Wright says the only downside is this year’s prime season of nesting is that it catches Nebraska prairie grouse in a serious ebb, with recent years of persistent drought being the scuttling culprit. Even with the expected good recruitment this year — birds added to the population — Nebraska’s grouse started the nesting season low in numbers.

Bryan O’Connor, Upland Game Program Manager with the Nebraska Game and Parks Commission, says winter moisture finally and thankfully turned the tide, assisting early spring grassland growing conditions. Then came much-needed late spring and summer rains. The result, he says, has been optimal brood cover with a flush of annual forbs, especially wild sunflowers.

Ben Wheeler, Coordinating Wildlife Biologist for Pheasants Forever and Quail Forever, says flowering plants are easier on the eyes than a parched landscape, but they’re much more than just wallflowers. “During a drought, grass plants respond by shrinking back a bit. This opens up small patches of real estate for opportunistic broadleaf forbs and wildflowers. The open ground and stems of forbs provide an excellent nursery and playground for chicks, with abundant insect food and open runways for travel. Expect to see many more wildflowers as you walk the prairies in the early fall.”

Prairie grouse inhabit expansive grasslands and aren’t as reliably near roads as ring-necked pheasants and northern bobwhites, so the Nebraska Game and Parks Commission does not conduct a formal roadside preseason population estimate. But O’Connor is buoyed by late summer reports coming in from fellow biologists and private landowners across the grouse range. “We are seeing good-sized broods and a fair amount of brood observations,” he says.

Wheeler, from his post in Ord in central Nebraska, says sightings from his fieldwork in grasslands and pastures match that assessment. “The broods I have seen look healthy; anywhere from six to eight birds per brood, and they were already making short flights.”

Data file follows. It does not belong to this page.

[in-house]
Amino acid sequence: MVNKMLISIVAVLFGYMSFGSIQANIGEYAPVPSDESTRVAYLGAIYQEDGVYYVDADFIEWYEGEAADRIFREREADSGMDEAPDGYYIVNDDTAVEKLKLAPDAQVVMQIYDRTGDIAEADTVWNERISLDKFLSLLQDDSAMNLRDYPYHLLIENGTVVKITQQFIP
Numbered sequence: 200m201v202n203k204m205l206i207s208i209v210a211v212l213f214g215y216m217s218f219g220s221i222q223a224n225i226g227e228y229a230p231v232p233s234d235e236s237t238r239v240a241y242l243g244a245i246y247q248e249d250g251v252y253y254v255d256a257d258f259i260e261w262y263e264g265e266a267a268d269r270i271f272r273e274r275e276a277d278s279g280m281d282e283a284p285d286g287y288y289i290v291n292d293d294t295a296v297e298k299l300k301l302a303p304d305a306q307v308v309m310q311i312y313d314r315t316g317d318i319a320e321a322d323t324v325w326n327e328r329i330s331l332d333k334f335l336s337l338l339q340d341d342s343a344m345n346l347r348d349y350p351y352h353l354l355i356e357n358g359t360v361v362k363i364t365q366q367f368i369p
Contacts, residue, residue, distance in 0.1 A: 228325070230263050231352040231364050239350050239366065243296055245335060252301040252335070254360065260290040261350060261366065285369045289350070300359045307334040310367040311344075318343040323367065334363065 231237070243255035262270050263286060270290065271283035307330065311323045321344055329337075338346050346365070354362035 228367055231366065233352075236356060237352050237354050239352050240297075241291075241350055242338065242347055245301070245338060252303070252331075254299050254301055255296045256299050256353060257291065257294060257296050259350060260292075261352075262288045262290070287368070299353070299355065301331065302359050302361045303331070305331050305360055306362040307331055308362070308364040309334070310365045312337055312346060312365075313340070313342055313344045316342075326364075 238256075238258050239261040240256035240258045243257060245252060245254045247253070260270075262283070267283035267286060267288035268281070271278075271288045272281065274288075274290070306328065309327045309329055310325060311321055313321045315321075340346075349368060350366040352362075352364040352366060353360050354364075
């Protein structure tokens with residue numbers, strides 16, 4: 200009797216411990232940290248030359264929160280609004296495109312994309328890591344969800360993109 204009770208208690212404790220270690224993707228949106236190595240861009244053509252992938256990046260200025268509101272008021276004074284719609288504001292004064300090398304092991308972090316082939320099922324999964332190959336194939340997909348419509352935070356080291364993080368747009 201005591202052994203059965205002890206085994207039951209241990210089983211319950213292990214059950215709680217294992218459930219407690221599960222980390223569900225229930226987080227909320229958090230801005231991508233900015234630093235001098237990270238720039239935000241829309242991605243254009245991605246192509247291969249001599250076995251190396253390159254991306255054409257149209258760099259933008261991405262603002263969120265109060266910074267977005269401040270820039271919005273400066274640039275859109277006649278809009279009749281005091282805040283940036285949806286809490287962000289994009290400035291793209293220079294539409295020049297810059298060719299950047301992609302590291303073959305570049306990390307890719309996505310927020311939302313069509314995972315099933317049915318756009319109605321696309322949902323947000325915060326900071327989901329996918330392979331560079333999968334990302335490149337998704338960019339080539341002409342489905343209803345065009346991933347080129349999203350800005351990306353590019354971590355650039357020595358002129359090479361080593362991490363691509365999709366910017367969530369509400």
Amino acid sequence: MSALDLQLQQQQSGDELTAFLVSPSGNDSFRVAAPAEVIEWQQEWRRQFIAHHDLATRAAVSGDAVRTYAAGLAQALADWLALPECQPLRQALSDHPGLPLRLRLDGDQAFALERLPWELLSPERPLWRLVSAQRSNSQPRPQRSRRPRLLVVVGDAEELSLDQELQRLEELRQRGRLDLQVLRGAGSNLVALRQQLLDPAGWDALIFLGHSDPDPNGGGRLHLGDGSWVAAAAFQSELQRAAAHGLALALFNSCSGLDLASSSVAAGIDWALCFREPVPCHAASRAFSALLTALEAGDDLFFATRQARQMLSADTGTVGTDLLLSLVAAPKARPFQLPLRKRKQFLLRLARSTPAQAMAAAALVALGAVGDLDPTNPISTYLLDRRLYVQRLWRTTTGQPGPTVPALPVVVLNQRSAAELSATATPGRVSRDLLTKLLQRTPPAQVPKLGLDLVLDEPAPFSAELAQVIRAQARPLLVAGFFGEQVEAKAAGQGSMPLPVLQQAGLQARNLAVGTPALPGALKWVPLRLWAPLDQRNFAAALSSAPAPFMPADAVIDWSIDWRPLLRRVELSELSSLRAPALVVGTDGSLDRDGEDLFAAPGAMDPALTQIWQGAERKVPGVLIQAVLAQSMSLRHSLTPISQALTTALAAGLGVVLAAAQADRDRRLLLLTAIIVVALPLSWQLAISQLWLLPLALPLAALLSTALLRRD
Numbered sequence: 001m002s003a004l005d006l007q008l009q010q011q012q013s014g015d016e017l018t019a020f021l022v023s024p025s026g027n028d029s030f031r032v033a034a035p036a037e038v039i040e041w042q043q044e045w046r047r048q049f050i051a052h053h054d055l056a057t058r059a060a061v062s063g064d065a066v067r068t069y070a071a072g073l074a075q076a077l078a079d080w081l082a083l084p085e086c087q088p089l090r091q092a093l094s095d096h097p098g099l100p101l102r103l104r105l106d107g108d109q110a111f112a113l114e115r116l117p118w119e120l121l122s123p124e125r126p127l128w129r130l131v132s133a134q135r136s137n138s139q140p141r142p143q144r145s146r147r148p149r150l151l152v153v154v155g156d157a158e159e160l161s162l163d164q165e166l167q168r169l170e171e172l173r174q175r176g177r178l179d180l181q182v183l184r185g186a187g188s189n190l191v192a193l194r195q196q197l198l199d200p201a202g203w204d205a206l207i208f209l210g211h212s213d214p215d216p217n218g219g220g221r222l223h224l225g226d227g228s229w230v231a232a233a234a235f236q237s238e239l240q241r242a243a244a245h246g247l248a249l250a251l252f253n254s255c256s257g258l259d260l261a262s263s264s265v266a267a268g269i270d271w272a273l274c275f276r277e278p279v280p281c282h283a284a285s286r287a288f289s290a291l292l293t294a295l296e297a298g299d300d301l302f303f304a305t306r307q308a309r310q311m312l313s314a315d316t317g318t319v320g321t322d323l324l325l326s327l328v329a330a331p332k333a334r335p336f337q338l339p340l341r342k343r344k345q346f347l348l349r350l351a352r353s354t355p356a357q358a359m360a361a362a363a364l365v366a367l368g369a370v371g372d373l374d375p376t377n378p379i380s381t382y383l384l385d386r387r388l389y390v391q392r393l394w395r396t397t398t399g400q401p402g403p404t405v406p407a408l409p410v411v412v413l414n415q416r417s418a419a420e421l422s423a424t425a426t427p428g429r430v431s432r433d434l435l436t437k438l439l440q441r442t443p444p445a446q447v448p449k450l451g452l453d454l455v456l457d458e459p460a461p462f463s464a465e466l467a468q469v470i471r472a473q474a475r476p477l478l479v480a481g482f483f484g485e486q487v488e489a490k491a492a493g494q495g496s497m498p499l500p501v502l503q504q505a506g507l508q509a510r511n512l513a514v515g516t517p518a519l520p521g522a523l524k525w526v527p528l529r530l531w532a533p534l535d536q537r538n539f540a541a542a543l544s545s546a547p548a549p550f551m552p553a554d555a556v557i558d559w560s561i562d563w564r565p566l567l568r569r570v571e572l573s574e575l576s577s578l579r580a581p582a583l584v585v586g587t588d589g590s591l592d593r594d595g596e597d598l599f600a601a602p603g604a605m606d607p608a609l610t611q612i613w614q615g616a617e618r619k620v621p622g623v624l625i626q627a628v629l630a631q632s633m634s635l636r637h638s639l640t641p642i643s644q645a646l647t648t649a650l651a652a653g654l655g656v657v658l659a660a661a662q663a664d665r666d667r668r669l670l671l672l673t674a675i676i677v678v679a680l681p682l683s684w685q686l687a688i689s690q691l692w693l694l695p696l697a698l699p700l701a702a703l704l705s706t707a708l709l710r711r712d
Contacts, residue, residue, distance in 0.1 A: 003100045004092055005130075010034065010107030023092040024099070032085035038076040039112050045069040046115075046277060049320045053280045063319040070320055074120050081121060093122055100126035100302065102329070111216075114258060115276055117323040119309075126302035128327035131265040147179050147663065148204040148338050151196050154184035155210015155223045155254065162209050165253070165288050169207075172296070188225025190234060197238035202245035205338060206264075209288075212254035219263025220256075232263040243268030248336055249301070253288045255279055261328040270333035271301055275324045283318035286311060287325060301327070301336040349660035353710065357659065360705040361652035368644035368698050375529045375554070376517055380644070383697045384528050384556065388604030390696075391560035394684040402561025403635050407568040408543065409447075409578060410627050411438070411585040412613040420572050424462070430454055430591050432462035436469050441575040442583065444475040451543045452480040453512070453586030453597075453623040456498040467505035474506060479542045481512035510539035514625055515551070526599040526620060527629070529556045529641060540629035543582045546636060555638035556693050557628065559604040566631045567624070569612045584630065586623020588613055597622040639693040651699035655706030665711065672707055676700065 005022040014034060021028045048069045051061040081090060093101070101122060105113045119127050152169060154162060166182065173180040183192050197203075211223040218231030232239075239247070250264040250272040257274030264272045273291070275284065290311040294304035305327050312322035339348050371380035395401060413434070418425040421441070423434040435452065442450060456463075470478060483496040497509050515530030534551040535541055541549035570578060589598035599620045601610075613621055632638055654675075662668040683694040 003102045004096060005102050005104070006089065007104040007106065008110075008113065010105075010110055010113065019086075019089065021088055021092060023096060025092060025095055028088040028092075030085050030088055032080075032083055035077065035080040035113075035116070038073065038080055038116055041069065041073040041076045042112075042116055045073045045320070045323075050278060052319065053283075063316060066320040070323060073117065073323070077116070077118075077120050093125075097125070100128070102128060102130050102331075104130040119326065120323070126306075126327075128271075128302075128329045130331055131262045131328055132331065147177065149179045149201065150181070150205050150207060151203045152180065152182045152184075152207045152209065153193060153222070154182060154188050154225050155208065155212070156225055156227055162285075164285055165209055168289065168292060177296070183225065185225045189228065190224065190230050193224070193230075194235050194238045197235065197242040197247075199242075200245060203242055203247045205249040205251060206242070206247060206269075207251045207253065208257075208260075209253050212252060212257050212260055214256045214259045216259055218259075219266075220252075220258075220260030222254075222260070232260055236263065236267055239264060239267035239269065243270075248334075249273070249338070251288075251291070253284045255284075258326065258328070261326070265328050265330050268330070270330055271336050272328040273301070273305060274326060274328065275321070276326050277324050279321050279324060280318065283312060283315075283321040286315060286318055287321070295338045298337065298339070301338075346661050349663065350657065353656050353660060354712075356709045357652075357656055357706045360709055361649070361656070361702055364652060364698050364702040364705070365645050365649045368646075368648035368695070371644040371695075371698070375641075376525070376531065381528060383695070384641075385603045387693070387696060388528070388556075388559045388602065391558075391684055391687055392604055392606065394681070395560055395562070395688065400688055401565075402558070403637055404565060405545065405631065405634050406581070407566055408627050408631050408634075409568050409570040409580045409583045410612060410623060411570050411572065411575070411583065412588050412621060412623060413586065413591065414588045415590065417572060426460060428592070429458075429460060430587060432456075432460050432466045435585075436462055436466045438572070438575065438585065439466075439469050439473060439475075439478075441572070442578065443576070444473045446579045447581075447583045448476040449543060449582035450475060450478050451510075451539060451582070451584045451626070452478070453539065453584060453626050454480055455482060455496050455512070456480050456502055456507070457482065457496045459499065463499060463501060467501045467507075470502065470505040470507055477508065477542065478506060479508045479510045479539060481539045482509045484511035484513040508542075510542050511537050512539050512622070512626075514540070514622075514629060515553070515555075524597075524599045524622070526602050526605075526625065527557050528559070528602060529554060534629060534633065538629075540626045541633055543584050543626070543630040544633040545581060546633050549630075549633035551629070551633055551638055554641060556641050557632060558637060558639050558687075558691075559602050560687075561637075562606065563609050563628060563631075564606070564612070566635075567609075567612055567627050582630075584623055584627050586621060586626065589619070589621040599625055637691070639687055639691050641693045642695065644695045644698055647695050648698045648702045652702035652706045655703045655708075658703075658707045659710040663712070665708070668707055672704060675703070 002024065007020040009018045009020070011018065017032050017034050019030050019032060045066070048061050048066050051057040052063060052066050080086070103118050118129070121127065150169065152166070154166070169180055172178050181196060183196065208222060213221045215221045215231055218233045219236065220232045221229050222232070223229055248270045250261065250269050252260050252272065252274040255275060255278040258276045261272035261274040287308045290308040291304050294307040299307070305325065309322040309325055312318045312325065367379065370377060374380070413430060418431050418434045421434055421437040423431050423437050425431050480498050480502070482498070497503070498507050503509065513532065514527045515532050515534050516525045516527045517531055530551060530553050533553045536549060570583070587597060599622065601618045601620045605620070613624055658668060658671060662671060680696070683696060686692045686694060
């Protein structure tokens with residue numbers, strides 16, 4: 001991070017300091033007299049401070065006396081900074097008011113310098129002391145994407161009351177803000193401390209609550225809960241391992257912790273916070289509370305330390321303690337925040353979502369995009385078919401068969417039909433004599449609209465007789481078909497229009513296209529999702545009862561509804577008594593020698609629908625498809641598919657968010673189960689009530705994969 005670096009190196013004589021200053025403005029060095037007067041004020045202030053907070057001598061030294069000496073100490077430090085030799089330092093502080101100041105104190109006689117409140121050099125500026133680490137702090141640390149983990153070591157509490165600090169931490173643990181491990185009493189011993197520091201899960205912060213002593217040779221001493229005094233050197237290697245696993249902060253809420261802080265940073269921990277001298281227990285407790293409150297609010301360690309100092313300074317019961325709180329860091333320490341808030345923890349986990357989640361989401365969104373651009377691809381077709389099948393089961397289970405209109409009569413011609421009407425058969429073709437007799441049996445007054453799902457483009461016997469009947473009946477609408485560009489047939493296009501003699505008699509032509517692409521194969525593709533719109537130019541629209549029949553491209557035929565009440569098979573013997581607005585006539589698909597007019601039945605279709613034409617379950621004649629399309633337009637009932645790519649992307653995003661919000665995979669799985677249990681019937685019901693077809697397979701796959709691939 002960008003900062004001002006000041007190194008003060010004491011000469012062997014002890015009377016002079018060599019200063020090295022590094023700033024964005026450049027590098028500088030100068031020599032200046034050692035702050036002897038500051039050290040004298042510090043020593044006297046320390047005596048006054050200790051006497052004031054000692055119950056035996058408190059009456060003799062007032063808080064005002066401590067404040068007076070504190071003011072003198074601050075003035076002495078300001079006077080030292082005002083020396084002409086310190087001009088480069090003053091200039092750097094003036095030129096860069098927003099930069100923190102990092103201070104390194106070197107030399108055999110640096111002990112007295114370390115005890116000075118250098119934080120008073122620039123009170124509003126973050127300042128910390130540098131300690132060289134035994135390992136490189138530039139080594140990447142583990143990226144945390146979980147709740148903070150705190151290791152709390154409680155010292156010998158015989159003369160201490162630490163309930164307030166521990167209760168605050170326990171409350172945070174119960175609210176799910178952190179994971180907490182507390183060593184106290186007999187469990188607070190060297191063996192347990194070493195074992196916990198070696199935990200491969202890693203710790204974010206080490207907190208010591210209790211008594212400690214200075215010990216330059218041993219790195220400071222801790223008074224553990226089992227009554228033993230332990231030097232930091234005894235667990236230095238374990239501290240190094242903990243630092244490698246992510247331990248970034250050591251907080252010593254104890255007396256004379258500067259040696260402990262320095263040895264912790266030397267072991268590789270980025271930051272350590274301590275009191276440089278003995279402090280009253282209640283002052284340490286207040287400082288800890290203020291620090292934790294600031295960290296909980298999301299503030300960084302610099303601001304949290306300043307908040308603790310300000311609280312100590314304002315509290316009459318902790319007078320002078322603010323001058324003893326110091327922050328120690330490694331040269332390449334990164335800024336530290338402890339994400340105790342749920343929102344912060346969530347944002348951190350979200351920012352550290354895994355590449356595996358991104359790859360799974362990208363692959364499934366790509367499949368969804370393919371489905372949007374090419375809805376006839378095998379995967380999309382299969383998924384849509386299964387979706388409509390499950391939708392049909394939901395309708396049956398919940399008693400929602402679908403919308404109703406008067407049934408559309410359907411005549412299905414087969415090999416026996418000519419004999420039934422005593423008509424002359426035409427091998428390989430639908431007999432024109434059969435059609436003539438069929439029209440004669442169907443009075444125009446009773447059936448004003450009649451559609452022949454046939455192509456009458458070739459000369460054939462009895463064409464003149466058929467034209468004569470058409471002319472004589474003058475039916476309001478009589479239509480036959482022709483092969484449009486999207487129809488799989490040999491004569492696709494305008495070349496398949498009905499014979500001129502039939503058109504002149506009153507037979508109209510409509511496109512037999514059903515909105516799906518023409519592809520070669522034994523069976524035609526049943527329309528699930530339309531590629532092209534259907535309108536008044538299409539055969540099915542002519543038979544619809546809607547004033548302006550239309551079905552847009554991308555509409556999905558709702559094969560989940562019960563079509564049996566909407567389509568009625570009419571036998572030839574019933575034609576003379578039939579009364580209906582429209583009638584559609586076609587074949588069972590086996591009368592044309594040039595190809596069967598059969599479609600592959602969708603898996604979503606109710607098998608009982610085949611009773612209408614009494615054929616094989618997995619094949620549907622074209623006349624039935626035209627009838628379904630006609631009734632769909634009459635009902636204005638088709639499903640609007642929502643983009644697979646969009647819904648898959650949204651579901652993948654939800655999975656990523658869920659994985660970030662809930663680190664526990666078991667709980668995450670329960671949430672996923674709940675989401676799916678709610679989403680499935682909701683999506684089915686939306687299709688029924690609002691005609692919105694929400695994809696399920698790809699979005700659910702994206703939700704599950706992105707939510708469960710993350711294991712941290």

Wright says this fall will surely be better than last but still below average to average. A bird hunter himself, he is at the very least optimistic his operative metric for success will switch from miles-walked-per-bird to birds-per-miles walked. And in Nebraska, a hunter has plenty of publicly accessible acres on which to work on the ratio. In fact, over 500,000 acres of publicly accessible lands across Nebraska’s core prairie grouse range.

Five federal and state tracts — the Nebraska National Forest at Halsey, the McKelvie National Forest, the Crescent Lake National Wildlife Refuge, the Valentine National Wildlife Refuge, and the Merritt Reservoir Wildlife Management Area — total more than 500,000 acres of Sandhills country.

And that’s not all. Other wildlife management areas and private lands enrolled in Nebraska’s Open Fields and Waters walk-in hunting access program are scattered throughout the Sandhills and can also provide good, public prairie grouse hunting opportunities. The Open Fields and Waters program has grown substantially in recent years, with more than 137,000 acres added just since 2016. In total, the program checks in at more than 372,000 accessible acres statewide.

To the uninitiated, the Sandhills can be intimidating. Wright says that generally speaking, sharptails dominate the region’s western portion, with prairie chickens more likely in the region’s gentler, low-rolling hills further east. He says using aerial imagery, such as that from onX Hunt, to digitally scout the Sandhills’ hills can be a huge help for hunters to find a starting point.

“Some hills — and you can see this — are big, gentle features. And other areas are just rough as can be. Those rougher areas are where to look for sharptails; that’s the premier sharp-tailed grouse habitat,” Wright says.

Even once boots are on the ground, Wright advises Sandhills hunters in the early going to work like big game hunters in developing a “search image,” or keeping a very specific visual image in mind when scanning the landscape. To build this search image skill as it pertains to grouse habitat, Wright says, “Don’t take a 10-mile walk and see how it is, take 10 1-mile walks and see how it is.” This method, he says, is much more effective in breaking down the big country and keying in on the microhabitats that may be holding grouse, whether they are pollinator patches with insects, shade plants and shrubs, or ridgetops.